by Professor Ján Gbúr
During the greater part of its historical development Slovak literature has evolved within the territories of multiethnic and multinational states. Slovak literary texts are works of art by authors either of Slovak origin who worked abroad or who were born outside Slovakia but worked in the Slovak Republic. This fact is reflected in the different language versions of the literary texts. In the very earliest days of a written form, Slovak literature (9th century) texts were written in Church Slavonic, while from the Middle Ages to the Baroque various forms of Slovak in the pre-standard phase of a language were applied in addition to universal Latin. From the era of Humanism a significant part of the literary works in Slovakia used Czech. Besides all of these languages German and Hungarian were also occasionally applied in Slovak literary works. Following Ludovít Stúr’s codification of the Slovak language, the dominant language of Slovak literature authors became standard Slovak.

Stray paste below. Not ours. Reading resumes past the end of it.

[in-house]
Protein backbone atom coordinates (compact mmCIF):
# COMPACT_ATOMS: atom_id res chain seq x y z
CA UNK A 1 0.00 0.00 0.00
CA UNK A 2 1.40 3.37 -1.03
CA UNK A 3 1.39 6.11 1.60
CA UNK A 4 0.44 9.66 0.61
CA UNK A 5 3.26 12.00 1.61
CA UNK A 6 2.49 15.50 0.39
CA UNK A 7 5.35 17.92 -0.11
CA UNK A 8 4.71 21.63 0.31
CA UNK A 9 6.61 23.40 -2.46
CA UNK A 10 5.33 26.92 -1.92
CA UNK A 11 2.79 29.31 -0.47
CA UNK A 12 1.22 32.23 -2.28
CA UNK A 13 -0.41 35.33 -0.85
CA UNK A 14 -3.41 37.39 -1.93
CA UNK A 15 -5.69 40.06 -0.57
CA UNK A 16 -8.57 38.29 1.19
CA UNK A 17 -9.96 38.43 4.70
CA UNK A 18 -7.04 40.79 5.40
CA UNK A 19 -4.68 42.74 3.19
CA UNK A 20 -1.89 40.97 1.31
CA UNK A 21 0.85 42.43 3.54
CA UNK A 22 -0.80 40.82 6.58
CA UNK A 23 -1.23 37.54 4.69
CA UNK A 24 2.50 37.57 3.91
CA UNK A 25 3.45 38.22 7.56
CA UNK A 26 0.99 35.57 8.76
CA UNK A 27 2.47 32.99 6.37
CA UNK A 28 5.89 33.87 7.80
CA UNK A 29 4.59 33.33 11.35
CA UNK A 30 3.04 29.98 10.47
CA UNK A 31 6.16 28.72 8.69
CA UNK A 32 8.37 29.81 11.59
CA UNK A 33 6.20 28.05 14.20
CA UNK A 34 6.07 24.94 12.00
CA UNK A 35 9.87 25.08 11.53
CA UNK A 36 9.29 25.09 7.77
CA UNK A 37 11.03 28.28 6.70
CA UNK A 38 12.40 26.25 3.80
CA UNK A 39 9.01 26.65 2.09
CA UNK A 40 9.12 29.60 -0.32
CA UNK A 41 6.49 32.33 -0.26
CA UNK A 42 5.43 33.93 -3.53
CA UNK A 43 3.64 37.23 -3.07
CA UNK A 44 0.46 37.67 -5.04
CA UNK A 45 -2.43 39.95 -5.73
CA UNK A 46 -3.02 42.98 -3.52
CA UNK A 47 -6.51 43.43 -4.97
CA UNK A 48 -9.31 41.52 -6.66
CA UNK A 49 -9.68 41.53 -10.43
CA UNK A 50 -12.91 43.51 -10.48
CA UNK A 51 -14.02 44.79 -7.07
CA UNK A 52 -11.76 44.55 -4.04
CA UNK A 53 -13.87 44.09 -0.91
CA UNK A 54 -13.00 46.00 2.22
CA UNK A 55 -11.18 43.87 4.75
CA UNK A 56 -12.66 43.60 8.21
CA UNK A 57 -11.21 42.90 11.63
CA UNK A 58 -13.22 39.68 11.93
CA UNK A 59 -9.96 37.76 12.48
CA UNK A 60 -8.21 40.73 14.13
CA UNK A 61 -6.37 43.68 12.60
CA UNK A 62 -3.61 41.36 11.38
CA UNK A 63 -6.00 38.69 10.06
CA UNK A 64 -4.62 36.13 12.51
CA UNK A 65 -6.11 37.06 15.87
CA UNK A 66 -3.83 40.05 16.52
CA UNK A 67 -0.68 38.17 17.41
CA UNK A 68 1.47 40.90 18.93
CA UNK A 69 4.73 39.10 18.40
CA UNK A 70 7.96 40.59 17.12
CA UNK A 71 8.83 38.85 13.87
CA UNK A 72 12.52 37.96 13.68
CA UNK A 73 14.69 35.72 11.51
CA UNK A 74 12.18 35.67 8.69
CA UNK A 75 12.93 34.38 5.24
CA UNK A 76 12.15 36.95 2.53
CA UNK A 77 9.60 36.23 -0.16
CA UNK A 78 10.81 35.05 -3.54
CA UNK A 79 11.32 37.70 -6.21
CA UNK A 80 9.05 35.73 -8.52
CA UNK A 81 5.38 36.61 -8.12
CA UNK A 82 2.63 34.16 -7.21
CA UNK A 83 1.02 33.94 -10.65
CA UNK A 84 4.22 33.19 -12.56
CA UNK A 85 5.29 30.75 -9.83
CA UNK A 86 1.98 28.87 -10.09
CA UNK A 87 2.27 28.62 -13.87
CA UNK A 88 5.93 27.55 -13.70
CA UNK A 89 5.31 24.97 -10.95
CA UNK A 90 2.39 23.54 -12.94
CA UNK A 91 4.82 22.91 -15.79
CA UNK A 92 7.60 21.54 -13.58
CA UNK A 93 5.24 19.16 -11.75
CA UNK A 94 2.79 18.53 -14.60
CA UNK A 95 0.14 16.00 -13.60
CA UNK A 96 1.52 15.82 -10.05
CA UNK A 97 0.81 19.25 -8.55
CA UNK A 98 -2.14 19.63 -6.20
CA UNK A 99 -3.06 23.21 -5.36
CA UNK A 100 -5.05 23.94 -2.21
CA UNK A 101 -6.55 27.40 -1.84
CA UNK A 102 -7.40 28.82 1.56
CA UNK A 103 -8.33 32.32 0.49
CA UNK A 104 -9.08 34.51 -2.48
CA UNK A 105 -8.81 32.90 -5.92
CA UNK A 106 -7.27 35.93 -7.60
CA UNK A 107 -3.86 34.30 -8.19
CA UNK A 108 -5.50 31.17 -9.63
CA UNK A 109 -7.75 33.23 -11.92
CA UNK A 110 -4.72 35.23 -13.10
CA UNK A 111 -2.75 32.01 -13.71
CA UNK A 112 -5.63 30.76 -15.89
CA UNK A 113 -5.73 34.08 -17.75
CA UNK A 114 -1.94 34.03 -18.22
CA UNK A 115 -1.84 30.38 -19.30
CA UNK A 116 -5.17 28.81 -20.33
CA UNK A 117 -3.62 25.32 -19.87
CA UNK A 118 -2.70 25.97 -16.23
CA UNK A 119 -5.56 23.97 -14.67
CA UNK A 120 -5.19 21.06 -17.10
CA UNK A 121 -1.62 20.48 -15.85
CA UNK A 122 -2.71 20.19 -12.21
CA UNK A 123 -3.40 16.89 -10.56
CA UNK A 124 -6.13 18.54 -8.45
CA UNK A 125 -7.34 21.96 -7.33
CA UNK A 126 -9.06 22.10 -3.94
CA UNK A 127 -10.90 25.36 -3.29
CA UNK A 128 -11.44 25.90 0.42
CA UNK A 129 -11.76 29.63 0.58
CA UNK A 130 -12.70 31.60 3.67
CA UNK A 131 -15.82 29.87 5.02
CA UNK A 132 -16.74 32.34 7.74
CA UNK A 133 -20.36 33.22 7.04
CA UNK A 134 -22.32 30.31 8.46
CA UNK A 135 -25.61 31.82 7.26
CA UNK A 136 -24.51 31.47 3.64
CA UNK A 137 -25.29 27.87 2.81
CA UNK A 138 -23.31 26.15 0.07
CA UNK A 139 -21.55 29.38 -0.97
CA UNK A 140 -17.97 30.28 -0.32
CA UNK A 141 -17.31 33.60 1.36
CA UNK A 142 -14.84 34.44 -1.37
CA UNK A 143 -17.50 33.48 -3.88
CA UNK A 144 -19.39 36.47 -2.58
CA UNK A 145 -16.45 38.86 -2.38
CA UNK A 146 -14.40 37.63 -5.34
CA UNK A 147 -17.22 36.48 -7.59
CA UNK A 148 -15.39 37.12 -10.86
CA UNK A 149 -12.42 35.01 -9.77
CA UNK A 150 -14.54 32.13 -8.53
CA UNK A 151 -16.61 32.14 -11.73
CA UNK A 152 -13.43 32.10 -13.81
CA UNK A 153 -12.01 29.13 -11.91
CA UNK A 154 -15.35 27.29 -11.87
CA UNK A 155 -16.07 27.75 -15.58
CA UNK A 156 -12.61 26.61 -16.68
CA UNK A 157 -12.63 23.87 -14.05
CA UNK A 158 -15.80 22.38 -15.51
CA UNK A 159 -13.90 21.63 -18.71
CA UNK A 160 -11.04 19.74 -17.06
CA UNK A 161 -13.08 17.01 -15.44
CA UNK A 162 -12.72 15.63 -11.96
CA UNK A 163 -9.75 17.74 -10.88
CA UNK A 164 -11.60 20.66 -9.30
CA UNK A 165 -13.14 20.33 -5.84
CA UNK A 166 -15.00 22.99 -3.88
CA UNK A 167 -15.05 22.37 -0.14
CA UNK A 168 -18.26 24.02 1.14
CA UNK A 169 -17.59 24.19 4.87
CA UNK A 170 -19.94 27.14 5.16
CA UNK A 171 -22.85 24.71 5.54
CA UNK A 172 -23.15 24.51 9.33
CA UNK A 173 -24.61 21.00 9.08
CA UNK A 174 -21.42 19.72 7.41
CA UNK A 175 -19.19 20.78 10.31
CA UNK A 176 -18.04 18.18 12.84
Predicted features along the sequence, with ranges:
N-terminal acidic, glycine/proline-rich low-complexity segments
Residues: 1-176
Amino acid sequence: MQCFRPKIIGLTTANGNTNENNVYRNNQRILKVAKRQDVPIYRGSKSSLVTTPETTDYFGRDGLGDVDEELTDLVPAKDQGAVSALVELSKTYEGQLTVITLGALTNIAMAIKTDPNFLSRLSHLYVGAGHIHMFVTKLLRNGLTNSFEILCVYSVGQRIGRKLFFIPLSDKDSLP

Contemporary Slovak literature has been crystallising since 1780s, but its historical journey has included both positive and negative milestones. Particularly adverse conditions for the development of Slovak literature were created after the Austro-Hungarian Compromise of 1867, which deformed all aspects of Slovak national development. Following the establishment of Czechoslovakia (1918) more favourable conditions for the development of Slovak literature were established. Emancipation efforts to establish an independent Slovak state were completed with the demise of the Czechoslovak Federal Republic (1992) and subsequent establishment of the two separate Czech and Slovak Republics (1993). Since that time, as part of the newly-established independent Slovak state, Slovak literature has been given greater opportunities to positively influence national culture.